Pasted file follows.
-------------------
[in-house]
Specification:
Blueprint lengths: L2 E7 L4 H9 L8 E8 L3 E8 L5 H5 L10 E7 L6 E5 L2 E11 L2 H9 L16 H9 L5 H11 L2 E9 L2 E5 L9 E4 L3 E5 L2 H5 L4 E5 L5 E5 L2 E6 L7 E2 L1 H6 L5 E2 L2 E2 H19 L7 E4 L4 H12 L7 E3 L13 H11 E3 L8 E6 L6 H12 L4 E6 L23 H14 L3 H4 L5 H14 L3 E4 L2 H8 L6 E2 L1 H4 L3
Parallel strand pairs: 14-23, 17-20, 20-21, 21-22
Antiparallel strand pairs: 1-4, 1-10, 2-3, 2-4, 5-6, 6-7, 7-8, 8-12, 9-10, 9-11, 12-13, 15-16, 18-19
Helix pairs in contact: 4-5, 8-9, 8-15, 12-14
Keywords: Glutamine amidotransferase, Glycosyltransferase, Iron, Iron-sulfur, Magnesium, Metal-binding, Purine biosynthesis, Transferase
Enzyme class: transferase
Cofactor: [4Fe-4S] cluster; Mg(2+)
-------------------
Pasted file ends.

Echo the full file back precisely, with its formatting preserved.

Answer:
[in-house]
Specification:
Blueprint lengths: L2 E7 L4 H9 L8 E8 L3 E8 L5 H5 L10 E7 L6 E5 L2 E11 L2 H9 L16 H9 L5 H11 L2 E9 L2 E5 L9 E4 L3 E5 L2 H5 L4 E5 L5 E5 L2 E6 L7 E2 L1 H6 L5 E2 L2 E2 H19 L7 E4 L4 H12 L7 E3 L13 H11 E3 L8 E6 L6 H12 L4 E6 L23 H14 L3 H4 L5 H14 L3 E4 L2 H8 L6 E2 L1 H4 L3
Parallel strand pairs: 14-23, 17-20, 20-21, 21-22
Antiparallel strand pairs: 1-4, 1-10, 2-3, 2-4, 5-6, 6-7, 7-8, 8-12, 9-10, 9-11, 12-13, 15-16, 18-19
Helix pairs in contact: 4-5, 8-9, 8-15, 12-14
Keywords: Glutamine amidotransferase, Glycosyltransferase, Iron, Iron-sulfur, Magnesium, Metal-binding, Purine biosynthesis, Transferase
Enzyme class: transferase
Cofactor: [4Fe-4S] cluster; Mg(2+)